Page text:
Tree Group Plants Redwood Clones Abroad To Save Them From Climate Change
April 23, 2013

Tree Group Plants Redwood Clones Abroad To Save Them From Climate Change

Lawrence LeBlond for - Your Universe Online

In celebration of Earth Day 2013, one non-profit organization made a bold attempt to preserve one of America´s oldest natural treasures. By protecting and preserving California´s ancient redwood trees, the Archangel Ancient Tree Archive (AATA) is hoping that the towering timbers will be saved from climate change.

Earth Day, which was celebrated yesterday (Apr 22), is a time for people to make a stand for environmental protection. And as many as a billion people participated in special events throughout the world organized to give people more knowledge about the environment. So on Earth Day 2013, AATA planned to release its collection of redwood clones to the world in an historic effort to replant them in healthy climatic environments to ensure their survival.

The AATA has selected nine locations in seven countries: Germany, Ireland, Wales, Great Britain, New Zealand, Australia, and in the US states of California and Oregon. Planting the ancient colossals abroad will help give them a fighting chance. Declining precipitation and higher temperatures in their native habitat have put the trees under great duress. The locations selected for the trees present an ideal climate for the continued survival of the native Californian Redwood.

The California clones, measuring just 18 inches tall apiece, are laboratory-produced clones (genetic duplicates) of three giant redwoods that were felled in northern California more than a hundred years ago. Amazingly, shoots still emerged from the stumps left behind. One stump, known as the Fieldbrook Stump, measures 35 feet in diameter and is believed to be around 4,000 years old, according to the AATA. When the Fieldbrook Redwood was felled in 1890 it stood over 40 stories tall and would have surpassed the General Sherman Sequoia as the largest tree on Earth, according to the Archive.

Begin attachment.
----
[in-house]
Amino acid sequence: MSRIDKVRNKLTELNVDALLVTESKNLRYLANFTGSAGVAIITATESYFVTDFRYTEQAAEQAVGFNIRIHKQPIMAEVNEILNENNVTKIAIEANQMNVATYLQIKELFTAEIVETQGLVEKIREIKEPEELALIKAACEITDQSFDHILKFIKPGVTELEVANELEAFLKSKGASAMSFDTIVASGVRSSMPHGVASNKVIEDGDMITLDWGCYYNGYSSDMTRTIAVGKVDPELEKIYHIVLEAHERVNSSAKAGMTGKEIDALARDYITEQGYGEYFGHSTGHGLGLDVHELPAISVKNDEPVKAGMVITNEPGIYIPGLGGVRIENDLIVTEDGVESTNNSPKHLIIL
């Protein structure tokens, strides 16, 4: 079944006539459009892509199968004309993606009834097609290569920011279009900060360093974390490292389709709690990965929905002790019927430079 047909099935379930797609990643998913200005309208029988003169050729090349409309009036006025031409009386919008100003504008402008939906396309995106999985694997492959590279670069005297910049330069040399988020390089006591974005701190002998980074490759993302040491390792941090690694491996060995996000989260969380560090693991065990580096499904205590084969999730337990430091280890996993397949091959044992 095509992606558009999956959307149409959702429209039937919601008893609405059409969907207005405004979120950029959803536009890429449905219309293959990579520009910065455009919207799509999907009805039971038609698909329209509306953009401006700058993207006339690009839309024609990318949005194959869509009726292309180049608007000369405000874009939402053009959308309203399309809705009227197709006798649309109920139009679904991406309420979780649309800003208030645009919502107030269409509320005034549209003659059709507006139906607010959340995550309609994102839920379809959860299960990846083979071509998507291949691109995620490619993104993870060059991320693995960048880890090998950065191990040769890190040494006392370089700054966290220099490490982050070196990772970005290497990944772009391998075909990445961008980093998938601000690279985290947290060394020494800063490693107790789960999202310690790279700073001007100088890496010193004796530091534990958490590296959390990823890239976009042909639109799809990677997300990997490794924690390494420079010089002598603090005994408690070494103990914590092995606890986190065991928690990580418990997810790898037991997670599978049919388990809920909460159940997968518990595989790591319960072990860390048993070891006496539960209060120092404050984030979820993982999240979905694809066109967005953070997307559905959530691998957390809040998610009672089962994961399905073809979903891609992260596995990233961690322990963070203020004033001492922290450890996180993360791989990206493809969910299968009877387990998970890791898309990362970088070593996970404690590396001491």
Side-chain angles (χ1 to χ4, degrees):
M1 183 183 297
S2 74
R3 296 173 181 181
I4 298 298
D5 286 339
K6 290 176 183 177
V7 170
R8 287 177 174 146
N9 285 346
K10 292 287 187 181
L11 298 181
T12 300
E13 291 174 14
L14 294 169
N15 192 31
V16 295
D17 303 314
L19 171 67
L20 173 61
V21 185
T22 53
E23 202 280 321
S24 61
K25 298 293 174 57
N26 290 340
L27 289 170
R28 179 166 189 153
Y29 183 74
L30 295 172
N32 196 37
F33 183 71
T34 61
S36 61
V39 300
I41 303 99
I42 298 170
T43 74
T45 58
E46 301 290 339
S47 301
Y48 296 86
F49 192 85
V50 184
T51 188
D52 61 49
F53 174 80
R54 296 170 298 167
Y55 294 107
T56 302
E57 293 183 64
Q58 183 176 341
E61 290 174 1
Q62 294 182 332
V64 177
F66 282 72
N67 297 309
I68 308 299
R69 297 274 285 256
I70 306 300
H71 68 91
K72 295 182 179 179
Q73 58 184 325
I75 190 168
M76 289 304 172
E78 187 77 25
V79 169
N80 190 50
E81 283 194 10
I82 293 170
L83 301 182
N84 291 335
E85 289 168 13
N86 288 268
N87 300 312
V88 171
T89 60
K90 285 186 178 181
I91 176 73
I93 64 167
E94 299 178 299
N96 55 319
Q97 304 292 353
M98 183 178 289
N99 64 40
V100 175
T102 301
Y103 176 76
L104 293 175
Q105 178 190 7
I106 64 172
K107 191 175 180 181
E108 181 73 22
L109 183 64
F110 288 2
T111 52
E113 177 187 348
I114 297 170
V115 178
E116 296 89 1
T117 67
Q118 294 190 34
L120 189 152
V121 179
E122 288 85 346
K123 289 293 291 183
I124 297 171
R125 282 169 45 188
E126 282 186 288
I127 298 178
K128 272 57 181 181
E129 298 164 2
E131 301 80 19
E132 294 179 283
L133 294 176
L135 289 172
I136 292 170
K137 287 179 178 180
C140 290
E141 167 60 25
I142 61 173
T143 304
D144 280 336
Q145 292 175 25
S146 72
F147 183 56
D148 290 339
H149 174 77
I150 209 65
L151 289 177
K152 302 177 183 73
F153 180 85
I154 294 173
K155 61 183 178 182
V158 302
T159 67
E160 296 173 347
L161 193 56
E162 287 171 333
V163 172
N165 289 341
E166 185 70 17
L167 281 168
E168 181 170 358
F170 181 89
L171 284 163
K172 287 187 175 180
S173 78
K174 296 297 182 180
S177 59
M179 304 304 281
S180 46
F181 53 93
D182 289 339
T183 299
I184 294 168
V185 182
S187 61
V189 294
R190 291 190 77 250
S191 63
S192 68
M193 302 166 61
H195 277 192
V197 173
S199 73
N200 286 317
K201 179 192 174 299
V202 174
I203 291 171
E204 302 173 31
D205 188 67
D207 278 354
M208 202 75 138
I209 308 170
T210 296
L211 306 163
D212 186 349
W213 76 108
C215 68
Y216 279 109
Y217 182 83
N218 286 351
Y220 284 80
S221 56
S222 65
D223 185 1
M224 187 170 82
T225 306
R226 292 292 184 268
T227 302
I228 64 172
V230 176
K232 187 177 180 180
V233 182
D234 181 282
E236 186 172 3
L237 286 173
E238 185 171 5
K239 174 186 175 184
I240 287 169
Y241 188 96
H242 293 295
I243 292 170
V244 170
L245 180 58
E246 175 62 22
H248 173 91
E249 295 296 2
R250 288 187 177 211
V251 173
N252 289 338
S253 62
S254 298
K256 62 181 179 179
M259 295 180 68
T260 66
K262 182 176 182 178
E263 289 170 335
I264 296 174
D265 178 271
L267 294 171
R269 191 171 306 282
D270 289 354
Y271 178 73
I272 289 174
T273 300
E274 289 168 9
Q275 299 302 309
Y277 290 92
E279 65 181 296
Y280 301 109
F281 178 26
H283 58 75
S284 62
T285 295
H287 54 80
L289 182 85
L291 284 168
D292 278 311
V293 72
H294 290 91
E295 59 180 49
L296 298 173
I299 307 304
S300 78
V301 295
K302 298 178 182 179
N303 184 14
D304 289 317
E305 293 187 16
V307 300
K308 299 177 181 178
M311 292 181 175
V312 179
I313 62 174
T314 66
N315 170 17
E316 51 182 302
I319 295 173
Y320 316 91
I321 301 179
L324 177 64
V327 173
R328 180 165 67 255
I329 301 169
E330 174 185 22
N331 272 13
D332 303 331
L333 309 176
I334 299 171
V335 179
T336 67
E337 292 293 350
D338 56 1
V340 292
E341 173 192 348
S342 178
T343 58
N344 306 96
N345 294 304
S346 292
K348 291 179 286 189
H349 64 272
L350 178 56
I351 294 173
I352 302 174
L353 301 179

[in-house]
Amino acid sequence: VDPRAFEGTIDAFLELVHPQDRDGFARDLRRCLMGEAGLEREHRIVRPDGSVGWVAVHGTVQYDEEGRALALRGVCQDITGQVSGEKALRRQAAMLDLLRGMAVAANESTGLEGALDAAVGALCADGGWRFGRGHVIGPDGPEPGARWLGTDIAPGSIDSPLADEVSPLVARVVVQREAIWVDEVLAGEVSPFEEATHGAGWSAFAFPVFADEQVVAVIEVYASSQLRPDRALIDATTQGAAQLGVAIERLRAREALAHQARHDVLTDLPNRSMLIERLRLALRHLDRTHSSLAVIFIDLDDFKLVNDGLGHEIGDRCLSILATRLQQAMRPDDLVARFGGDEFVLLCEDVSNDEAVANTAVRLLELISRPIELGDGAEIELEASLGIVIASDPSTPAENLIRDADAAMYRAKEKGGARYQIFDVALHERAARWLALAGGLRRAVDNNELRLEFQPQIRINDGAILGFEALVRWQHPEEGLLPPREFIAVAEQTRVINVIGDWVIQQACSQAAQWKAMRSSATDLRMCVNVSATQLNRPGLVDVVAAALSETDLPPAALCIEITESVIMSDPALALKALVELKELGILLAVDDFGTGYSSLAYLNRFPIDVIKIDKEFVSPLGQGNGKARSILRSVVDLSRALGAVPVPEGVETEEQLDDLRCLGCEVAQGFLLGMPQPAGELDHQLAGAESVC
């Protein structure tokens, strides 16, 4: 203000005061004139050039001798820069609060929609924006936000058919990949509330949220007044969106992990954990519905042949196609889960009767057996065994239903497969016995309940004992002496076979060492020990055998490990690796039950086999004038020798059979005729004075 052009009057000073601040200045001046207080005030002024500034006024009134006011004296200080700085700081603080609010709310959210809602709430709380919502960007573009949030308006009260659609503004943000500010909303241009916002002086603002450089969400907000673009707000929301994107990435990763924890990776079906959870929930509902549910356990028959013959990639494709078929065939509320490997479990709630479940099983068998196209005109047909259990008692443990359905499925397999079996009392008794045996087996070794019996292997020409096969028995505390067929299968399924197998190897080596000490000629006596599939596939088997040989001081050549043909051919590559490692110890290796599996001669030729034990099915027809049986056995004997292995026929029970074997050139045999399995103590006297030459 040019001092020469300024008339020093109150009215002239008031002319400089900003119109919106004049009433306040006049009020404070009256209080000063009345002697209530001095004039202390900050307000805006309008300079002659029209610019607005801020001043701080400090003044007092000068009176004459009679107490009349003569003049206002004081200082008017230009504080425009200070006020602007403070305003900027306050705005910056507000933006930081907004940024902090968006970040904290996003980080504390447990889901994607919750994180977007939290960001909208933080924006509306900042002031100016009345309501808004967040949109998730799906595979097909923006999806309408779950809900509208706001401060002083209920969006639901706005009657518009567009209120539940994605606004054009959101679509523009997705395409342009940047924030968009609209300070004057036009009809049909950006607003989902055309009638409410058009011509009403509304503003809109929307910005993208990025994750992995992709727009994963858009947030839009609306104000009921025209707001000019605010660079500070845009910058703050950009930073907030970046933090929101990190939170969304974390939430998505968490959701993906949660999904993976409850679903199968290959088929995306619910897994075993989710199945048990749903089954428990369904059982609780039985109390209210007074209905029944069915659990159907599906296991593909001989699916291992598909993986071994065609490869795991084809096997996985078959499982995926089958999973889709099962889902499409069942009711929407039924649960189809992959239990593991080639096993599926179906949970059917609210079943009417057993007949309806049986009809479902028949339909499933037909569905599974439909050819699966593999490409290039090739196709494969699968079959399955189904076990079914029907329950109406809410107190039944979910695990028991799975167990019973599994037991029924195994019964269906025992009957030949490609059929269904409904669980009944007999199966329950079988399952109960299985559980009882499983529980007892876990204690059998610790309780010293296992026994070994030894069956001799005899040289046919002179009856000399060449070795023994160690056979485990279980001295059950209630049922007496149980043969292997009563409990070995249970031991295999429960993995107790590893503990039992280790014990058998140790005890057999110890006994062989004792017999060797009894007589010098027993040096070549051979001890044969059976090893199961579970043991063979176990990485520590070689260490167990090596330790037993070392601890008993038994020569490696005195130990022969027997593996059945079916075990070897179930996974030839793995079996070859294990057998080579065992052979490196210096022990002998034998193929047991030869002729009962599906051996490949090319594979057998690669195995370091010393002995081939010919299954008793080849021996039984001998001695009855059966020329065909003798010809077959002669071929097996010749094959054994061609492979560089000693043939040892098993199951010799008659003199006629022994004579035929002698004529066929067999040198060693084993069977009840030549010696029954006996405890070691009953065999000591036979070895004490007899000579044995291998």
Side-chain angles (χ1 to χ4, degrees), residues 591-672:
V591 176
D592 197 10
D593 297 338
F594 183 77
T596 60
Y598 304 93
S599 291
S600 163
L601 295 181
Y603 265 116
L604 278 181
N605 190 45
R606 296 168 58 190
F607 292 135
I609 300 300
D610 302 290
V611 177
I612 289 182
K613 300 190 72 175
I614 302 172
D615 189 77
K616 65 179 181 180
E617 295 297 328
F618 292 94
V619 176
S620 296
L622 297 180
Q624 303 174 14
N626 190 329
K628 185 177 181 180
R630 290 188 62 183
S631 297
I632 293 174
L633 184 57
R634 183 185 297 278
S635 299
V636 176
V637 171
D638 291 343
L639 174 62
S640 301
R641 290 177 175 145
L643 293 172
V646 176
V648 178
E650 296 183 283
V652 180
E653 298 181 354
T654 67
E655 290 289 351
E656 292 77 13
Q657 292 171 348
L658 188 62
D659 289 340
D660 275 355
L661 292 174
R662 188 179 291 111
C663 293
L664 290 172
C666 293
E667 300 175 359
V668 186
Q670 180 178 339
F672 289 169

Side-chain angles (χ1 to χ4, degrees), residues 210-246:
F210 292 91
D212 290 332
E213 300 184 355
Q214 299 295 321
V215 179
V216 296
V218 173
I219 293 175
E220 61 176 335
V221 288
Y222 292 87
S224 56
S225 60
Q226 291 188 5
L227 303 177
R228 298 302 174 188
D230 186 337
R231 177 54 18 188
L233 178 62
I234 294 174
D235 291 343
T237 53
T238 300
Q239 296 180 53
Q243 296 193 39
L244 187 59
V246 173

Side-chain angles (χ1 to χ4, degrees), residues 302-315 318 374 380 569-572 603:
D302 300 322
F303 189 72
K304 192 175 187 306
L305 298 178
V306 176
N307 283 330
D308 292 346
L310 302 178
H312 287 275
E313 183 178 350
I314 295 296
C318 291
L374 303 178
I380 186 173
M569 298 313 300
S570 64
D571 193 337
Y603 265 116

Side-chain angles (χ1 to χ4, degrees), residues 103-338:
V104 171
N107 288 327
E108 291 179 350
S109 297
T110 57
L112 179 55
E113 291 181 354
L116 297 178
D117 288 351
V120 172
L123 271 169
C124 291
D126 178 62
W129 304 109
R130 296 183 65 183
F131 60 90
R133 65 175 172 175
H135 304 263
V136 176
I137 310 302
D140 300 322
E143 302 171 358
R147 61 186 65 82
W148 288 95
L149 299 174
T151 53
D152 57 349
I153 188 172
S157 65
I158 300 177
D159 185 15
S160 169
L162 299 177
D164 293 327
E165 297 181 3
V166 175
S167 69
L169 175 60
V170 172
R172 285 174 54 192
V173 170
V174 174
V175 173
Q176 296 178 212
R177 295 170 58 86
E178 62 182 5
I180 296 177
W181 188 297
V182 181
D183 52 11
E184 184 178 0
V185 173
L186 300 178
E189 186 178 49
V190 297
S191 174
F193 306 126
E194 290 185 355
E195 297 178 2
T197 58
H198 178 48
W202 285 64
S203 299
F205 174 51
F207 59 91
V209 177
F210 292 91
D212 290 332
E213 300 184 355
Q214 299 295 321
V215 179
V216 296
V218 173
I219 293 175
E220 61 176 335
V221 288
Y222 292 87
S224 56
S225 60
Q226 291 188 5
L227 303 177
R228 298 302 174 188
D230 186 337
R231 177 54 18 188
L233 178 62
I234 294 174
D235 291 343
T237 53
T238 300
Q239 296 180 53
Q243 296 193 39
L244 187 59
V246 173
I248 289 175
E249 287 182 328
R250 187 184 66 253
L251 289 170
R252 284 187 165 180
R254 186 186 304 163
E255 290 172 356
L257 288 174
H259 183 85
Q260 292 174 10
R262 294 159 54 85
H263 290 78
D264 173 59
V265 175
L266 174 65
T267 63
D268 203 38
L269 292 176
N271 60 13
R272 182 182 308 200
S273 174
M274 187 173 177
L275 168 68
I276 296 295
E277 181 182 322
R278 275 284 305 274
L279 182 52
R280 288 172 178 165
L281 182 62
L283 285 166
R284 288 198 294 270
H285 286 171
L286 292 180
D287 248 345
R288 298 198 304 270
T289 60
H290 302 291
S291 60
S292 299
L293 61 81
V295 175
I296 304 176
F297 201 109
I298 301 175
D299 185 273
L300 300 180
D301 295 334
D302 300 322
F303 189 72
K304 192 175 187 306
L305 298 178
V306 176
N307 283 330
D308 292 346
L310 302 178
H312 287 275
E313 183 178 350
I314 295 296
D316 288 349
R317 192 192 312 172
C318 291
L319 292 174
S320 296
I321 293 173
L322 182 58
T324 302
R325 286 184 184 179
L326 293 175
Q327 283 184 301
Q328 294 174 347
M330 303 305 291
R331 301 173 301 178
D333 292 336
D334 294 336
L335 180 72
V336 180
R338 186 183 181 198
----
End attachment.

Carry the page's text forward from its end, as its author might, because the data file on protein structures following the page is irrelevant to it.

David Milarch, the man behind the AATA, has made it his life mission to protect and preserve the ancient trees. He has been featured in a new book by NY Times science writer Jim Robbins, which features his lifelong work and documents his group´s efforts to clone the colossal champions of the world — the largest, hardiest and most resilient trees ever to exist — and to create a "Noah´s ark of tree genetics."

From cloning to replanting, the four-year effort cost more than $2 million. But the end result was priceless. In the beginning, Milarch, along with his two sons Jared and Jake, scoured the redwood range from southern Oregon to central California in the hunt for just the right trees. They collected genetics from not only the largest living coastal redwoods, but also from the stumps of the largest trees ever. Once they collected samples, Milarch and his sons returned to their propagation facilities in Michigan to begin the cloning process.

Initially, scientists didn´t believe it could be done. But through intense trial and error research, the team was able to generate roots from samples and was able to grow exact duplicates of the colossal redwoods.